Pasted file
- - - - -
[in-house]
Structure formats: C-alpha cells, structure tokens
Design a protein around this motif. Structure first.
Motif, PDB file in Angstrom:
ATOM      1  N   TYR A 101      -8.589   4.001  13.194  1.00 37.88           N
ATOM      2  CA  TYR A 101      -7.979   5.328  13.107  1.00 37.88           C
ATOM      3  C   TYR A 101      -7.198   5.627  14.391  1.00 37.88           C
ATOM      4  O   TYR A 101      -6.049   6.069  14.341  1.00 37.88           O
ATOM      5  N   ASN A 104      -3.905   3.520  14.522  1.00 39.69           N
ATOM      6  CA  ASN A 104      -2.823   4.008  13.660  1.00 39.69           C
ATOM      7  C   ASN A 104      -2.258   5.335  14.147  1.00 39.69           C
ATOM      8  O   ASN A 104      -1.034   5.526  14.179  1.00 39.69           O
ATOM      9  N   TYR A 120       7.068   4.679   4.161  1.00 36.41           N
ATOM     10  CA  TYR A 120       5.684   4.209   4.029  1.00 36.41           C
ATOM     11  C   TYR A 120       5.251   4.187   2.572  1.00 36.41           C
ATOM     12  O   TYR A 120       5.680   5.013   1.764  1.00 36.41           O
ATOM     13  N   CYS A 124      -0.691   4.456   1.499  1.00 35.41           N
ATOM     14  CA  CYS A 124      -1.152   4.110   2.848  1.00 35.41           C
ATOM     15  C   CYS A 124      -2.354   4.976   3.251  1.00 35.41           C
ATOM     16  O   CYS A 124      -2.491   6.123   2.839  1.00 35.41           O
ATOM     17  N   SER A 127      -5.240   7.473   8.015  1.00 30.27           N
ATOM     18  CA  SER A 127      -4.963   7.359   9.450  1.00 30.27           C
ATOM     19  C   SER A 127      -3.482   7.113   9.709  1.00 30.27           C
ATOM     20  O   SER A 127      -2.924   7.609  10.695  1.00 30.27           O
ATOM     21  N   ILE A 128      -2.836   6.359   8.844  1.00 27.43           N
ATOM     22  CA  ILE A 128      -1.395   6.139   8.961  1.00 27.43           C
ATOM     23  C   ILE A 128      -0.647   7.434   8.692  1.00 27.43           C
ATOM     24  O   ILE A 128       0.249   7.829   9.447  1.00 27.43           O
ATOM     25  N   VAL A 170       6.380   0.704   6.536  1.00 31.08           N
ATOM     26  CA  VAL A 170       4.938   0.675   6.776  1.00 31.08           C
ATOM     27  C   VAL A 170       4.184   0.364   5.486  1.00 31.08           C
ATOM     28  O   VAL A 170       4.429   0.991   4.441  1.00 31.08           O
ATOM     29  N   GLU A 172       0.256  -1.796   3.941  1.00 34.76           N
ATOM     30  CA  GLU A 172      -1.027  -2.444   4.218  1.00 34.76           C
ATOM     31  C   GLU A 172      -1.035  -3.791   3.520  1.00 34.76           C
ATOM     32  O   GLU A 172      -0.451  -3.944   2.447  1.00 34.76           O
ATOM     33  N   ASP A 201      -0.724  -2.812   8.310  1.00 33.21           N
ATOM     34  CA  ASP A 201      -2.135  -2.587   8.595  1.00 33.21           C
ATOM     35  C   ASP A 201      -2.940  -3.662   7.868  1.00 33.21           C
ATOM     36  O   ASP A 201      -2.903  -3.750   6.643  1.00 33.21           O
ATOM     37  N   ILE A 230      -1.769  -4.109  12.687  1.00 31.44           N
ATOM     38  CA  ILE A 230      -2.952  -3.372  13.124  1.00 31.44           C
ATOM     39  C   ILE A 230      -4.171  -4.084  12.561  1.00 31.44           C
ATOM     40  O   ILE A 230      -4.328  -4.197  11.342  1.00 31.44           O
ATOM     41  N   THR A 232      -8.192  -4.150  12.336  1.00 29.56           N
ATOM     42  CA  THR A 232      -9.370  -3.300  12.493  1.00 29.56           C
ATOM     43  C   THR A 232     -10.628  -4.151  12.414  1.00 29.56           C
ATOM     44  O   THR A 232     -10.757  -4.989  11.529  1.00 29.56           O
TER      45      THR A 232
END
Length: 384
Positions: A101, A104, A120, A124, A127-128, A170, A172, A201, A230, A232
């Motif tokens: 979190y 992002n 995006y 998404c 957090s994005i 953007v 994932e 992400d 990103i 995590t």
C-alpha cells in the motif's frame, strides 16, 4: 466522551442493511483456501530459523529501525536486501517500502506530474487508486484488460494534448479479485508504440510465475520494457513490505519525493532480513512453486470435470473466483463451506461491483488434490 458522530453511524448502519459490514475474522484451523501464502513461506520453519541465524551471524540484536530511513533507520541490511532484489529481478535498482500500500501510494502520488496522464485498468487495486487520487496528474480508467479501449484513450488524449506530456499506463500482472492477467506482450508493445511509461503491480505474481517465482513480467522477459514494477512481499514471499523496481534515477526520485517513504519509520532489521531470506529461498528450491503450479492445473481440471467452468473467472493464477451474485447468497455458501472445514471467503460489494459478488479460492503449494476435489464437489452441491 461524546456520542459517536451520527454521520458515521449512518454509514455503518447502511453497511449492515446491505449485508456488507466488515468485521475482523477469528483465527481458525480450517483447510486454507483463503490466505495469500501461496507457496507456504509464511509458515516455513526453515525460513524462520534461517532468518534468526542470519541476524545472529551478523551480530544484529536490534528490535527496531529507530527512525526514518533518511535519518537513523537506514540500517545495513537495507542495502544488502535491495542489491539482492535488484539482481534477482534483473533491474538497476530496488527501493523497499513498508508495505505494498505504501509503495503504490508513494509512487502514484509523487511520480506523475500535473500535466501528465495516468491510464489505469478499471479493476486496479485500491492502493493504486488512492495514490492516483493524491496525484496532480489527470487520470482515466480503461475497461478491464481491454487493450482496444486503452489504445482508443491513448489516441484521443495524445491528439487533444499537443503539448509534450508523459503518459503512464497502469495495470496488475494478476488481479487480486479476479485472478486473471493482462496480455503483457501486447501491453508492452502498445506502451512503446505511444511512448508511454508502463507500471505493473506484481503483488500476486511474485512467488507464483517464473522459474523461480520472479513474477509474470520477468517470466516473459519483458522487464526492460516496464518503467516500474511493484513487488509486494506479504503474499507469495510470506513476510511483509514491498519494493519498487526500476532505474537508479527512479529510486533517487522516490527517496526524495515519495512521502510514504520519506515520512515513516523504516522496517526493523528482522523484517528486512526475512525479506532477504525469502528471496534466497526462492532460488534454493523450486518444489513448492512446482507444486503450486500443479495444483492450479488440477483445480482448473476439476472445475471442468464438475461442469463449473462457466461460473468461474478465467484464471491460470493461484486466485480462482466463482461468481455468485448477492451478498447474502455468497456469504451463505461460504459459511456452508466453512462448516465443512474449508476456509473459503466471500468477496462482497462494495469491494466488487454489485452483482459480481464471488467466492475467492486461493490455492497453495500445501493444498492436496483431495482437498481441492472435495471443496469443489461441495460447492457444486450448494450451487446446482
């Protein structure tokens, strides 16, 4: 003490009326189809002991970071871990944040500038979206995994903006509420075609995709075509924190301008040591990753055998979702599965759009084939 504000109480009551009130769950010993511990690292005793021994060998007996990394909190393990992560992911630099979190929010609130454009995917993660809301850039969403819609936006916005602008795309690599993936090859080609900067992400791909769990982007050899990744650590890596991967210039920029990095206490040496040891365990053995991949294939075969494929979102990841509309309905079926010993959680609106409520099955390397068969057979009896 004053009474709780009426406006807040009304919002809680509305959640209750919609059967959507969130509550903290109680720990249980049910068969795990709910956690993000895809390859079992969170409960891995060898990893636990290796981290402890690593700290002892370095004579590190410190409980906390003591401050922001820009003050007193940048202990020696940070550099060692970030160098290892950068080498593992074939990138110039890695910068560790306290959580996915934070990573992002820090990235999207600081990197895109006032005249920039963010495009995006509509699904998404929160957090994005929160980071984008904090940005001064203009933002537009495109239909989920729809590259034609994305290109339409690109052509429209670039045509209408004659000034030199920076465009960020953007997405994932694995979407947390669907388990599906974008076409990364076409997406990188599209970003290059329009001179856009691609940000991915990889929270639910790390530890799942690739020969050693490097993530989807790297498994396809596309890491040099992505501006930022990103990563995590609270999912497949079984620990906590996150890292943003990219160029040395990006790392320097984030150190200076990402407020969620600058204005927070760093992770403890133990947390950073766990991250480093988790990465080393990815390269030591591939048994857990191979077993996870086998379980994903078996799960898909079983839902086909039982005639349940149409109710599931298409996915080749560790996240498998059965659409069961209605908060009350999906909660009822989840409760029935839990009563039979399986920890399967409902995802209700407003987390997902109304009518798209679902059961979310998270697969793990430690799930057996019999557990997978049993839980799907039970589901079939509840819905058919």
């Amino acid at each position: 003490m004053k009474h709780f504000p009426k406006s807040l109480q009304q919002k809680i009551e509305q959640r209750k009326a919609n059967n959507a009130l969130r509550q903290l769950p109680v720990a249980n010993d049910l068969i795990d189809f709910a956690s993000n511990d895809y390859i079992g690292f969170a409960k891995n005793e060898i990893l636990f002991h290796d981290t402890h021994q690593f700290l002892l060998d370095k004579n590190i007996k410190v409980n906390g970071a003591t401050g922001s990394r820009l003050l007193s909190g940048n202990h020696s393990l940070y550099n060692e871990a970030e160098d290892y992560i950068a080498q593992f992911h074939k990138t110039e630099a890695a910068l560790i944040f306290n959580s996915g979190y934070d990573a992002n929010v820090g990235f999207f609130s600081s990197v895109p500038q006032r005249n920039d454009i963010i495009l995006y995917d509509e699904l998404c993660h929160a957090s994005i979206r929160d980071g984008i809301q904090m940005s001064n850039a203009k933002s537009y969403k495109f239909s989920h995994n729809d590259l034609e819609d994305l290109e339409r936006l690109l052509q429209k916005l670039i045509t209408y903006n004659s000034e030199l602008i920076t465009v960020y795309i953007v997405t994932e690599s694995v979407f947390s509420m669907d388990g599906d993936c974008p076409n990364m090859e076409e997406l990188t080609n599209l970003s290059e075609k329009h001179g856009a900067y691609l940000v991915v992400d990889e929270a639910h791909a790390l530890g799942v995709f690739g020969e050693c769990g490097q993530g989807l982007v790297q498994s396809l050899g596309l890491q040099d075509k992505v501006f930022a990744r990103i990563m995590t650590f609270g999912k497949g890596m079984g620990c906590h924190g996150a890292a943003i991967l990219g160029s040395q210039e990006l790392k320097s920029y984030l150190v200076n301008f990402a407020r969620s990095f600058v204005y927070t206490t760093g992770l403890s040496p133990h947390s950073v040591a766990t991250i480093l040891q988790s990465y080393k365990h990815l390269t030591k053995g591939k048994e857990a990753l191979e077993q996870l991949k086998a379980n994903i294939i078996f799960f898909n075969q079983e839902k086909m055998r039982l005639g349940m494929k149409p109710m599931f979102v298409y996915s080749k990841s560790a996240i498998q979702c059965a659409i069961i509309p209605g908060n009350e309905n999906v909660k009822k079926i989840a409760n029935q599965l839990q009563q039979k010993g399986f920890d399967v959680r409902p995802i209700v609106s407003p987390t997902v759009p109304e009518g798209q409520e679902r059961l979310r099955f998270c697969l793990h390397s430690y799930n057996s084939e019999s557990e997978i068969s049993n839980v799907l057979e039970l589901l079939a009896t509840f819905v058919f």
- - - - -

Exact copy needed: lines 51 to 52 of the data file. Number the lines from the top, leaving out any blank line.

Length: 384
Positions: A101, A104, A120, A124, A127-128, A170, A172, A201, A230, A232